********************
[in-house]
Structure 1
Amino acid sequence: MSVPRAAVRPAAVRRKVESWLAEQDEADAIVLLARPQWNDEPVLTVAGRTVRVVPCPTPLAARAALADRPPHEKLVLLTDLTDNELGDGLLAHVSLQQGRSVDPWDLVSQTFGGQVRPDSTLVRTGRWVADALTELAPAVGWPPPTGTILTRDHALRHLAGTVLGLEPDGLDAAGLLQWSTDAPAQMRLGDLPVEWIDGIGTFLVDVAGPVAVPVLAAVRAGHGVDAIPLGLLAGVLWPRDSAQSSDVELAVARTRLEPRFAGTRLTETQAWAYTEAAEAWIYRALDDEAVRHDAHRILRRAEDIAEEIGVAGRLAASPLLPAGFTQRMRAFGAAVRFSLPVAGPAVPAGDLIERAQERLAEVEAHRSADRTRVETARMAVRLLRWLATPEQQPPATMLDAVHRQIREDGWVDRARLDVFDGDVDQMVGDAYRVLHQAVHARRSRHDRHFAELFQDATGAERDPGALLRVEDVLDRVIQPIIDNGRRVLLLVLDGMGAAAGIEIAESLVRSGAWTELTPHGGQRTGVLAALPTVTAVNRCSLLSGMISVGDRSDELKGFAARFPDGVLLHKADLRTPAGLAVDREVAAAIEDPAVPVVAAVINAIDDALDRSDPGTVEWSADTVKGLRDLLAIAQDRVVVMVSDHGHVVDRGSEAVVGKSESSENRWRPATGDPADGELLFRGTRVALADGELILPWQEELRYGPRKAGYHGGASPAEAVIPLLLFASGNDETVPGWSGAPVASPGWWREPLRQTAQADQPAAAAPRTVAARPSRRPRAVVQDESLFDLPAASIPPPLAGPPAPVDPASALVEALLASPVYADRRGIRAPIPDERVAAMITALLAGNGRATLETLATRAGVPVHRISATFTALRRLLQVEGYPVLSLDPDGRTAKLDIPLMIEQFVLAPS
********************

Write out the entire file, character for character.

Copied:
[in-house]
Structure 1
Amino acid sequence: MSVPRAAVRPAAVRRKVESWLAEQDEADAIVLLARPQWNDEPVLTVAGRTVRVVPCPTPLAARAALADRPPHEKLVLLTDLTDNELGDGLLAHVSLQQGRSVDPWDLVSQTFGGQVRPDSTLVRTGRWVADALTELAPAVGWPPPTGTILTRDHALRHLAGTVLGLEPDGLDAAGLLQWSTDAPAQMRLGDLPVEWIDGIGTFLVDVAGPVAVPVLAAVRAGHGVDAIPLGLLAGVLWPRDSAQSSDVELAVARTRLEPRFAGTRLTETQAWAYTEAAEAWIYRALDDEAVRHDAHRILRRAEDIAEEIGVAGRLAASPLLPAGFTQRMRAFGAAVRFSLPVAGPAVPAGDLIERAQERLAEVEAHRSADRTRVETARMAVRLLRWLATPEQQPPATMLDAVHRQIREDGWVDRARLDVFDGDVDQMVGDAYRVLHQAVHARRSRHDRHFAELFQDATGAERDPGALLRVEDVLDRVIQPIIDNGRRVLLLVLDGMGAAAGIEIAESLVRSGAWTELTPHGGQRTGVLAALPTVTAVNRCSLLSGMISVGDRSDELKGFAARFPDGVLLHKADLRTPAGLAVDREVAAAIEDPAVPVVAAVINAIDDALDRSDPGTVEWSADTVKGLRDLLAIAQDRVVVMVSDHGHVVDRGSEAVVGKSESSENRWRPATGDPADGELLFRGTRVALADGELILPWQEELRYGPRKAGYHGGASPAEAVIPLLLFASGNDETVPGWSGAPVASPGWWREPLRQTAQADQPAAAAPRTVAARPSRRPRAVVQDESLFDLPAASIPPPLAGPPAPVDPASALVEALLASPVYADRRGIRAPIPDERVAAMITALLAGNGRATLETLATRAGVPVHRISATFTALRRLLQVEGYPVLSLDPDGRTAKLDIPLMIEQFVLAPS